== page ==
If the car battery charger is a slightly lower voltage, the tool will run a bit slow.

If it's a higher voltage, the tool runs faster, but give it regular breaks to cool down or it will overheat !
RC battery packs are available with a wide range of discharge rates, indicated by a number followed by the letter C (e.g. 10C, 20C), where the number is the fraction of an hour in which the battery can be safely drained. For example, a 3000 mAh 20C pack can be drained in 1/20 h (3 min) and therefore can supply 1 A for 3 min.

Somebody please tell me if anything in italics was wrong, because I suspect that it was.
DOTAU Ian011 year ago
phase 90 doesn't quite have it correct

The "C" rating tells you how much current relative to capacity, "mil Amp hour", that is safe to draw or charge your battery.

Amps = C * m A h / 1000 ( the /1000 is to go from mil amps to amps)

So a 1200mAh 10C battery is good for 12A (10 x 1200mA/1000)
A 1200mAh 15C battery would be good for 18A (15 x 1200mA/1000)

Exceed this rating for to long and excessive heat and catastrophic failure will surly follow.
phase90 DOTAU1 year ago
That is basically what I said. Rating * C for max continuous current draw. However, the C rate does not apply to charging at all.
phase90 Ian011 year ago
Actually, the C rate is the drain rate that is a multiple of the capacity. The 3000 mAh pack that has a 20C rate means that it can provide 60 Amps continuous drain (3 Ah * 20). So, it can provide 3 Amps for 1 hour (3000 mAh) or 60 Amps for 3 minutes (60 minutes / 20 = 3 minutes).
DOTAU phase901 year ago
3 Ah * 20 C = 3 Amps , not 3 Amp hours
phase90 DOTAU1 year ago
3 Ah (3000 mAh) is the rating of the cell or pack. If it is one string with nothing in parallel, they are the same. That means that the item can provide 3 amp hours of energy. In an ideal world, it is 3 Amps for 1 hour, 1 Amp for 3 hours, etc.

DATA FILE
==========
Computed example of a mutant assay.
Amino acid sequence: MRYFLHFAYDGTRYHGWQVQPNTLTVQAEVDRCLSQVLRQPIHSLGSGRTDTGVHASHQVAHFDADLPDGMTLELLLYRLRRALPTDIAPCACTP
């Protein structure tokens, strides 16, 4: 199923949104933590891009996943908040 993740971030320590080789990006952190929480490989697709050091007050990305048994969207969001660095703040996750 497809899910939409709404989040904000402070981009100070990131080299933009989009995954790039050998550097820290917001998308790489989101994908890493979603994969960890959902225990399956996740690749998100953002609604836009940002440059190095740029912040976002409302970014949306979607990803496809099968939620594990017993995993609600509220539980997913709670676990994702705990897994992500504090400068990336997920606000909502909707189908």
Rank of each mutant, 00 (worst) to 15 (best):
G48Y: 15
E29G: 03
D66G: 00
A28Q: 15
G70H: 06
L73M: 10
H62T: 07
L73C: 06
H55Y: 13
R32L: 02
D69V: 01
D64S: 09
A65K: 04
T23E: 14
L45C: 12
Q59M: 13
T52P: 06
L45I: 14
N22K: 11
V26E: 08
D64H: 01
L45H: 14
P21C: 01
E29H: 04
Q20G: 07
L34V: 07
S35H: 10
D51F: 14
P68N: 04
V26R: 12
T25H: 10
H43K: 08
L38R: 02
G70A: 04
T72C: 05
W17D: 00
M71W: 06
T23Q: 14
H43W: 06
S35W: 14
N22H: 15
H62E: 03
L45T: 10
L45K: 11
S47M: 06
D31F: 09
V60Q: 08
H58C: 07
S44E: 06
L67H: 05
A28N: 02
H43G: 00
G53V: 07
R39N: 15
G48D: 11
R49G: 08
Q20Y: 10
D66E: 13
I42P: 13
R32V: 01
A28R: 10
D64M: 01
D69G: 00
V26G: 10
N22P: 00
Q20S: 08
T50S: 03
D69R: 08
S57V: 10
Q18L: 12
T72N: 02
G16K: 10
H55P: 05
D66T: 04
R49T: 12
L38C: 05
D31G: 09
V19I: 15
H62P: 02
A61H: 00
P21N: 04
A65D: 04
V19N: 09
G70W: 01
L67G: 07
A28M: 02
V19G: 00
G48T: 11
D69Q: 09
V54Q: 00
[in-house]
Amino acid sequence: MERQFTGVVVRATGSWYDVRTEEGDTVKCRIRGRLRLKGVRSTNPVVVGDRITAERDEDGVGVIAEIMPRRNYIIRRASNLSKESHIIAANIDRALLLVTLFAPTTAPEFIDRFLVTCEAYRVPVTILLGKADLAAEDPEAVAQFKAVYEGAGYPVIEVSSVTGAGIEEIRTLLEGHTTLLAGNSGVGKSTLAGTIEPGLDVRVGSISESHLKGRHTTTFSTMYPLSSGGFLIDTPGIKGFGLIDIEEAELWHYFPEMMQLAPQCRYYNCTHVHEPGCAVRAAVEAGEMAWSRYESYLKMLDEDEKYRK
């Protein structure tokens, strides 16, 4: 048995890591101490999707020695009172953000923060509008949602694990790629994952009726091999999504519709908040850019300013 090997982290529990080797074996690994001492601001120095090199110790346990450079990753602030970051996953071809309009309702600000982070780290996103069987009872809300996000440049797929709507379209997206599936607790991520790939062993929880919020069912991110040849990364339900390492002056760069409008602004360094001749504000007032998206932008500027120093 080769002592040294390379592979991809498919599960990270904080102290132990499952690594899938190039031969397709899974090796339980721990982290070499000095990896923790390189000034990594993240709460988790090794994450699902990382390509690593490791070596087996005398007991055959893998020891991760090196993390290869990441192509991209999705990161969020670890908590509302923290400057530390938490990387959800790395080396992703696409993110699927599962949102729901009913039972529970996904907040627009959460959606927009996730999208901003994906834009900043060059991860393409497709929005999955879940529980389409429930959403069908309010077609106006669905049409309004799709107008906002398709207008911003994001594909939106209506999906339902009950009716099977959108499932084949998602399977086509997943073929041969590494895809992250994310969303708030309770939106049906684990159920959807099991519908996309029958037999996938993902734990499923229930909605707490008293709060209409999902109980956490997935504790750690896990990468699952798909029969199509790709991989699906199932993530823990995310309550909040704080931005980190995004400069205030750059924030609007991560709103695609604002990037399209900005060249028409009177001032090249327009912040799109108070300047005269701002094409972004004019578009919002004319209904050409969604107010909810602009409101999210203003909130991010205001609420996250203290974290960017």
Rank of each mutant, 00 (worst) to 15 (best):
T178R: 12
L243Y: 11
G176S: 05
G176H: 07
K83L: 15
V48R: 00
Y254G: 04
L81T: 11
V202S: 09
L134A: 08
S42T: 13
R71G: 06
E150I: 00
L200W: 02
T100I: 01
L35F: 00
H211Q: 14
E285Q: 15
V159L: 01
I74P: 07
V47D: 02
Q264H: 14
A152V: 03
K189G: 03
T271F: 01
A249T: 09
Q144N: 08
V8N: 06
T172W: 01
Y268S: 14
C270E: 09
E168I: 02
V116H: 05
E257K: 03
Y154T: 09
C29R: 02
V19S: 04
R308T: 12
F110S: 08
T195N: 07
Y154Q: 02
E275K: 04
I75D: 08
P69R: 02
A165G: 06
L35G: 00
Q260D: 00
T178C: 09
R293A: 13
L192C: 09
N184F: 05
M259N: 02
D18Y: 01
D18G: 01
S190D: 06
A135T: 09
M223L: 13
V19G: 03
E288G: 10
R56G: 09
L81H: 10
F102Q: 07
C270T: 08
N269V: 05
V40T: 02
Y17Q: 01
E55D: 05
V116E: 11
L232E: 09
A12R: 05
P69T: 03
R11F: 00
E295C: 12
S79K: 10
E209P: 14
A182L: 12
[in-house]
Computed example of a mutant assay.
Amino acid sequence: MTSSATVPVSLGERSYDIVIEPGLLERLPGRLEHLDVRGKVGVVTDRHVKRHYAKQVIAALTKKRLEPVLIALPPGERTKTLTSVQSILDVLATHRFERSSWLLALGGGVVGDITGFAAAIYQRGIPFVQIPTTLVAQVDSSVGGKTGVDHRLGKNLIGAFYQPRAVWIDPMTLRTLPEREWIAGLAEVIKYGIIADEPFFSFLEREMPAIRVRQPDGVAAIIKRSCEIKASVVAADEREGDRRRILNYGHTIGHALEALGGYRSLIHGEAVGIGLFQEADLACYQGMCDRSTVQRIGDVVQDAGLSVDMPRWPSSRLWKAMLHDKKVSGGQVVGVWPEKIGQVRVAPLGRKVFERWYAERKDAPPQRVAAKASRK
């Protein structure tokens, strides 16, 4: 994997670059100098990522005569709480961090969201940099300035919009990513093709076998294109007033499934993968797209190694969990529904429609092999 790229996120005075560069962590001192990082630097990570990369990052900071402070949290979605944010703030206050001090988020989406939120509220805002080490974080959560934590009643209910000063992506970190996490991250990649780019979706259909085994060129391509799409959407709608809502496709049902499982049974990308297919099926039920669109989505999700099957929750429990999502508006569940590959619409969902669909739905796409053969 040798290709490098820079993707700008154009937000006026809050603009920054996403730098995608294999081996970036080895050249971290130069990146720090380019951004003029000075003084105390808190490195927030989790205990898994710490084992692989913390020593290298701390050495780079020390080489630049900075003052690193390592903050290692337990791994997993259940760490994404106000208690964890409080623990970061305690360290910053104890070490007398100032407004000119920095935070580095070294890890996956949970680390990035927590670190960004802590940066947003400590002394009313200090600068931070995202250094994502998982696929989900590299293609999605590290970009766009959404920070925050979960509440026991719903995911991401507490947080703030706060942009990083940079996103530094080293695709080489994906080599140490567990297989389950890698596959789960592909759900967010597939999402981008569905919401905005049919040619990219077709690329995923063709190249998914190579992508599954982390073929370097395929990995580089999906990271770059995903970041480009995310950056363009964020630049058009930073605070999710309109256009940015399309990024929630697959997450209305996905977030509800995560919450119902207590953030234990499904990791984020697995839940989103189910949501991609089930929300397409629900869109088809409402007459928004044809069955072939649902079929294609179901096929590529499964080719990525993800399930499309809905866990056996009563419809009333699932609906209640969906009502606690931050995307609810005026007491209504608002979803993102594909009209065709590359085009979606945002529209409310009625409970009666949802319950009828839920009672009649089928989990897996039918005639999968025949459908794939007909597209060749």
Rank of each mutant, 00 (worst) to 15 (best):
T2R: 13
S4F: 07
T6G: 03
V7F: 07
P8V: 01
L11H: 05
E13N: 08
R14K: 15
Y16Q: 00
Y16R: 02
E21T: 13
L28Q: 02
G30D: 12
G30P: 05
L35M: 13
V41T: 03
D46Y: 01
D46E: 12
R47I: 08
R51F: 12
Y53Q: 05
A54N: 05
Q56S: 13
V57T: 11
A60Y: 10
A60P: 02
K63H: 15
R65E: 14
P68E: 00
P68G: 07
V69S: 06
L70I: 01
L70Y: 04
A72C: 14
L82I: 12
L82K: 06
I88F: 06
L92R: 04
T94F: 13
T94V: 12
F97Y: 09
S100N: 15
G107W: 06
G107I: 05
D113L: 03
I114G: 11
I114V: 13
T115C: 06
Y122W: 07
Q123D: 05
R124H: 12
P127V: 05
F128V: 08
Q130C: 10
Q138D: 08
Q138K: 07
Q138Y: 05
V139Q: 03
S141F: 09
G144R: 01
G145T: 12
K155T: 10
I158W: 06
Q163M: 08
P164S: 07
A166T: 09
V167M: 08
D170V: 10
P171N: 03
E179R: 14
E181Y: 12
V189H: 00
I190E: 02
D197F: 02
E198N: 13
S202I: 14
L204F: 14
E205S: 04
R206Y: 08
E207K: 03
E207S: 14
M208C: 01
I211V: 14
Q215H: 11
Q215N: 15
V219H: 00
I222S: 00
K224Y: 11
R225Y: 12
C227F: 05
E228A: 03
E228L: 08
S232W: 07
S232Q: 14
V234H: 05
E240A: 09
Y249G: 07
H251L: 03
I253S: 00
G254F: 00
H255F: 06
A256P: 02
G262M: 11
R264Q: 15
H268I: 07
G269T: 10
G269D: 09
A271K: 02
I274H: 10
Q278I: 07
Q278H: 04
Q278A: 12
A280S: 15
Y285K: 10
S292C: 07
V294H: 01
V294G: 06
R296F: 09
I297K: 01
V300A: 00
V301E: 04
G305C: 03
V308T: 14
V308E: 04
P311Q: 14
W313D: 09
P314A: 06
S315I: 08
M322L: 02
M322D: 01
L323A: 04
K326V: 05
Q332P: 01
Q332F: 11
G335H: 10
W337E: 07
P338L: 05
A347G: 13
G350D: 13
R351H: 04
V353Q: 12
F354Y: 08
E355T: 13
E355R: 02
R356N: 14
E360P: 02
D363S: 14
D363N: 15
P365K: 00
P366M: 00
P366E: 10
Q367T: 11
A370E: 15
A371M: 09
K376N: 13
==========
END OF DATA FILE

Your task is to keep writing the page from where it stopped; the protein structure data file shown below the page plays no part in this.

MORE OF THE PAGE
The C rate is the highest rate at which the cell (or pack) can be drained per the manufacturer's spec. In this case, 20 C. This means that the max drain is 20 times the capacity rating of the battery. 3A * 20C = 60 Amps. It only has a capacity of 3 Ah, so its theoretical capacity limits it to 3 minutes (1 hour = 60 minutes, 60 minutes/20C = 3 minutes). The reality of cell chemistries is that you cannot get the full useable capacity of the cell/pack at discharge rates higher than 1C due to internal series resistance and other factors.
In practice, the effective capacity of a battery is less at higher discharge rates. At higher currents, more energy is wasted as heat due to the battery's internal resistance. That's why batteries get hot when charging or discharging.

Please can anyone provide a link to a table of those RC pack codes ?  That would be extremely useful.
That is true. Some cell technologies are better than others in this respect, but yes it is harder to get all of the gas out of the tank at higher rates. It is the price we pay for being able to use it quick.
What are RC pack codes?
The pack codes you mentioned about C rate, 10C, 20C etc.   Or was what you already said all the info there was on that ?   I just wondered if there was any more data that might not be obvious to those less familiar with the RC "scene".
The C rate pertains to the cell itself.
The only pack codes that I know of are the ones that describe the construction (# of cells, negative electrode, positive electrode, shape of cell, size (diameter, width, height)) as given in IEC 61960. This is a standard for secondary (rechargeable) cells for portable applications.
Ian01 phase901 year ago
That makes a lot more sense. Thanks. :)
as an adapter for old tools that could be used on the bench it is a good idea I have been hanging on to some obsolete tools with dead battery packs now I have an option. A while back I while looking for something else I found out the RadioShack now sells many replacement batteries for many obsolete tools.
privatier1 year ago
Here is a cheaper source for your transformer: go to a place for recyling electronics and pick up a UPS. They contain transformers which are powerful enough. Connect the primary side to AC, and the secondary side to a bridge rectifier (35A, <$3), no capactor required. For long heavy duty work mount the rectifier on a heat sink. A CPU cooler from an old computer works just fine. Note that this solution has no inherent current limiter, so do not short the output!